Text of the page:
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calgal37 replied to mrrosema's response:
Mrrosema, first of all if you were on a batch of antibiotics last fall, make sure you first try to supplement with probiotics. Many find that that skewing antibiotics do to the bacteria/flora in the GI tract can cause intense pain and dysfunction.

I believe there are some papers published on visceral manipulation now. Check PubMed for abstracts and references to papers. You can check out practitioners of Visceral Manipulation at the Barral Institute website. You may want to contact the institute to get a referral to someone who may be able to help you.
 
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natcolley replied to CalGal37's response:
CalGal37:


Can you be more specific as to what manipulations you are suggesting? Is this an up and down motion? Deep pressure? Where? For how long? etc. Thanks.
 
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calgal37 replied to natcolley's response:
Nat, it's not easy to describe. The motions are specific to the structural attachments of the ligaments that 'hold' the splenic flexure in position. Each person can be a bit different structurally, so the manipulation if 'felt' while the fingers and hands are in the correct position. They're not very deep at all, and the time frame is specific to the 'feel' of the restriction and the rate of relaxation.

Sorry that I can't be more specific, but each individual is not the same. And the mainpulations should only be done by an experienced therapist.
 
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GirlRunn replied to calgal37's response:
Definitely go to an osteopathic doc - - he did the same thing..."the manipulations"...and I was cured for about 6 months. 6 months was AMAZING - - I was sick with stomach cramping every 3-4 days and to go 6 months pain free felt like a miracle to me! Now, whenever any stomach symptoms occur, I call him up and I am cured for another lenghty period of time! I strongly encourage you to seek out a osteo-doc and ask for manipulations! Good luck!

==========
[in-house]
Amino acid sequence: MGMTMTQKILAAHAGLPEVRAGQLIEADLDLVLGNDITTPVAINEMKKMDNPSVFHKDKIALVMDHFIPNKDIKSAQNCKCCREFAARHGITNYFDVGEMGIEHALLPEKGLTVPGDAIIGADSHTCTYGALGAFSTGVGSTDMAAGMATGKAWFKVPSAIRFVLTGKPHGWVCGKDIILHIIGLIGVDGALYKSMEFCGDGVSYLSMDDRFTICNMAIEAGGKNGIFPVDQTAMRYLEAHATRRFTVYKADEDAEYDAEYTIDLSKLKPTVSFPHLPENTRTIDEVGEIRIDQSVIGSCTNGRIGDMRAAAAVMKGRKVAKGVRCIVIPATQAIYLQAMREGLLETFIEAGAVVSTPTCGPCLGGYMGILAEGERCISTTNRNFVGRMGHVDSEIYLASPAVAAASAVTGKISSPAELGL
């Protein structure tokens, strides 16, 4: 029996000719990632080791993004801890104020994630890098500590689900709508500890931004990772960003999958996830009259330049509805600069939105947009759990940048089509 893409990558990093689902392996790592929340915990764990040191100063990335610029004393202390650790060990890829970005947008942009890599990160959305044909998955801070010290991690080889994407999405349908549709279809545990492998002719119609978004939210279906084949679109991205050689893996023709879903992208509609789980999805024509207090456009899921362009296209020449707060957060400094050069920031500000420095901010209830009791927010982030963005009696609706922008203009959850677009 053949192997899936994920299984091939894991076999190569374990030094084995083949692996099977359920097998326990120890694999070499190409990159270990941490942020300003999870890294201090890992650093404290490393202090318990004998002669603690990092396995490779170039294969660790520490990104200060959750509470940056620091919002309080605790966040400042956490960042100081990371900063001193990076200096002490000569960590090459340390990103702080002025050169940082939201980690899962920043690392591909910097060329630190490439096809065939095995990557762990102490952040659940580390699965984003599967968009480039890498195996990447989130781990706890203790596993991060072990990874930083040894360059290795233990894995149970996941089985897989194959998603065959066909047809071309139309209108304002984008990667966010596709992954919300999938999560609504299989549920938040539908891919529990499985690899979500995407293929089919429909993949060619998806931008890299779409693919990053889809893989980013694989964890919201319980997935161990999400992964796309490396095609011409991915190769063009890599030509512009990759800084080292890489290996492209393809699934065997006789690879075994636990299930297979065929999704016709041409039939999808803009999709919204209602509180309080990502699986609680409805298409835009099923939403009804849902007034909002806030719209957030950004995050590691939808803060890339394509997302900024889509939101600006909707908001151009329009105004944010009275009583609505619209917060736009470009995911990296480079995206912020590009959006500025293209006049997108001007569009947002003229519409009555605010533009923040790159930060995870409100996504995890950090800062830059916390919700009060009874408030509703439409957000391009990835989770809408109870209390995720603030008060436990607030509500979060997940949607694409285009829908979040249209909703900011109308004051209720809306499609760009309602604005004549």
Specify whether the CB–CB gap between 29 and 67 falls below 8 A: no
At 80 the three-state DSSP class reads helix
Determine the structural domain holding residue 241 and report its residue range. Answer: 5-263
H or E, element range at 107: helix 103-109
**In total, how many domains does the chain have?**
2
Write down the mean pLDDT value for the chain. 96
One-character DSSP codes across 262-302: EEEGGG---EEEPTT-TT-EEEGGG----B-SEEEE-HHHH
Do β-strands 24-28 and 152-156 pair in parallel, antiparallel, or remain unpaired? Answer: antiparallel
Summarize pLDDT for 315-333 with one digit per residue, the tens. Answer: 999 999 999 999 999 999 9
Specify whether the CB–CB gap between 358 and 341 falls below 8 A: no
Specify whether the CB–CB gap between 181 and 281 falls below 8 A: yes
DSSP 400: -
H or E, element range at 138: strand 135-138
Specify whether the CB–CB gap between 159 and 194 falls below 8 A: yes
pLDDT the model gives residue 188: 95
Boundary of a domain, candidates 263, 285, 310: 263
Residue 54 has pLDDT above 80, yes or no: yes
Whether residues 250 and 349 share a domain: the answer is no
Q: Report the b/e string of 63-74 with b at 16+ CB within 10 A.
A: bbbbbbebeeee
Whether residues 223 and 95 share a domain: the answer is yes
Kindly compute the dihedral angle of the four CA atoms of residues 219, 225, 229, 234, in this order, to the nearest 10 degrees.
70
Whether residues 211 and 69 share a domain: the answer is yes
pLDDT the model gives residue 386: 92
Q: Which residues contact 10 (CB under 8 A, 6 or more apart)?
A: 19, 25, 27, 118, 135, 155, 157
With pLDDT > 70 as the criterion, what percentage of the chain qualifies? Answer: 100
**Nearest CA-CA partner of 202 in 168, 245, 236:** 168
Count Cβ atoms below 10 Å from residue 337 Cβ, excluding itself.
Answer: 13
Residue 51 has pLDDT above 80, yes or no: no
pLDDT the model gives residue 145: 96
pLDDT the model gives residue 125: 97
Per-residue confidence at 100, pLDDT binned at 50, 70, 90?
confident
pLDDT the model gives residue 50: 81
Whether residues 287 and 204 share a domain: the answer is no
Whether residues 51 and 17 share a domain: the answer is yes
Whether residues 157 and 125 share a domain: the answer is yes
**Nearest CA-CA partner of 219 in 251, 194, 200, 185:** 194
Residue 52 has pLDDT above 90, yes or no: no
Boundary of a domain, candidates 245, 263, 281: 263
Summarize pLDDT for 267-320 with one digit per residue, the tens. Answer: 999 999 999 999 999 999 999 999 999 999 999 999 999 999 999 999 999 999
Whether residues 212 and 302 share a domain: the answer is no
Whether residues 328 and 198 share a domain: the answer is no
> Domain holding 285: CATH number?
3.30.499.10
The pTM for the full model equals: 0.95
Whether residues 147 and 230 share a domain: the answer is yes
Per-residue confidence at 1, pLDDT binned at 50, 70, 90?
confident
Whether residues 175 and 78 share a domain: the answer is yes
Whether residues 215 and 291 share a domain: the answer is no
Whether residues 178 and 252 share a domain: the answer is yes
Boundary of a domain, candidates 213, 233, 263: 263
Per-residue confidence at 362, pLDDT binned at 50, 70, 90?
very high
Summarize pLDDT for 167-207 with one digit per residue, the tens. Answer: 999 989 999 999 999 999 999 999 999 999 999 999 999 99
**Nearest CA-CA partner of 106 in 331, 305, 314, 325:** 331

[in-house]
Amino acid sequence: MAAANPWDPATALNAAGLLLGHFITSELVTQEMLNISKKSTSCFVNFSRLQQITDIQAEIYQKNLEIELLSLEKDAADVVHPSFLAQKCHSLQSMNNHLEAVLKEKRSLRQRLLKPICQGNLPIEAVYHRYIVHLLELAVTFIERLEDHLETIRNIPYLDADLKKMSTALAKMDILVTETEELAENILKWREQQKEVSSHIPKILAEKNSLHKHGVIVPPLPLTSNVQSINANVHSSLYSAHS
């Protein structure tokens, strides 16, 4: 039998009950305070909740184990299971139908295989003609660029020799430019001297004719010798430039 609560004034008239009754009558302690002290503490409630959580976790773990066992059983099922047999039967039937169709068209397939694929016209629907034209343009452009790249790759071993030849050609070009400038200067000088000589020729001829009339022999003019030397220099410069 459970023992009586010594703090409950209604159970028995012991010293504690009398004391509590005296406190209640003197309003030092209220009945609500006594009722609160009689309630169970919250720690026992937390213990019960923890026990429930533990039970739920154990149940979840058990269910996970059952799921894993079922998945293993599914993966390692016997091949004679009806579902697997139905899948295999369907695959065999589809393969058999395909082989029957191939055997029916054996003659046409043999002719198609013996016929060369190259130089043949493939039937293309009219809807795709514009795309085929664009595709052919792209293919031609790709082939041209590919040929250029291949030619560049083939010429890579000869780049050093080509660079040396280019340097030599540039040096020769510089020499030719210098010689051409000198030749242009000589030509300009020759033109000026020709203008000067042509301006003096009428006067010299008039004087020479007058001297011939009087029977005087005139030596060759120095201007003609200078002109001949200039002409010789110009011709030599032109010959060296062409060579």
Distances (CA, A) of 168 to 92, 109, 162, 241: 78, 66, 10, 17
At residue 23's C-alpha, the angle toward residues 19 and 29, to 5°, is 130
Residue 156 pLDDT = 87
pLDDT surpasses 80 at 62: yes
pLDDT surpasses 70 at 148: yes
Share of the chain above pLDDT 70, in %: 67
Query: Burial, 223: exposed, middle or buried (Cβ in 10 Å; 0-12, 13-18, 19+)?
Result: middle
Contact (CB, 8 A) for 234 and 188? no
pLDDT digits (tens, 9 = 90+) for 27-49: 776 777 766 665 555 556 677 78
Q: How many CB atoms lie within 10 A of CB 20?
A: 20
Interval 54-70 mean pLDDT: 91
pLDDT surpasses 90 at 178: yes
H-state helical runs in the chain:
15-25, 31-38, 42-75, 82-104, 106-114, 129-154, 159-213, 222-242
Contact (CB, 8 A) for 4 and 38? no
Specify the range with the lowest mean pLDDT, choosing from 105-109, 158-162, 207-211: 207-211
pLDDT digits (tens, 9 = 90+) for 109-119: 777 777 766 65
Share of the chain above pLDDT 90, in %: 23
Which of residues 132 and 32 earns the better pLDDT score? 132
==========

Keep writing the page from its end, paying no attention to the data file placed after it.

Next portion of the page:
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woofwalker responded:
I read an article that if you lie down and gently rub your upper stomach from side to side it assists the movement of your digestive system, it worked, and also assists the gas moving down the digestive sytem.
Woofwalker
 
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Gram1988 replied to woofwalker's response:
Just found this thread. I have suffered from the described pain since 1997. The first doc said sore ribs (yeah, right), and my current doc just keeps saying, "There is nothing in the upper left quandrant, so it wouldn't do any good to do any test." Basically, just live with it. I also have a muscle jumping sensation in the same area, sort of like a slow eyelid twitch. That part is not painful. I have IBS and never know when something is going to set that off, and also acid reflux, treated with Omeprazole. Wondering if anyone else has the muscle twitch?
 
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frizzyredhead responded:
If you have not had a contrast ct of your abdominal area or a colonoscopy then you should insist on this. you may have diverticulits flare up in the splenic region of your colon. This is a very painful condition. The CT scan can be a screening test to see if there are diverticuli in the splenic region of your colon. You can talk to you doctor about trying a course of antibiotics and flagyl for diverticulitis to see if this help clear the symptoms. These meds have their own side-effects> A colonosocopy cannot be performed unless the doctor is sure there is no inflammation or infection present.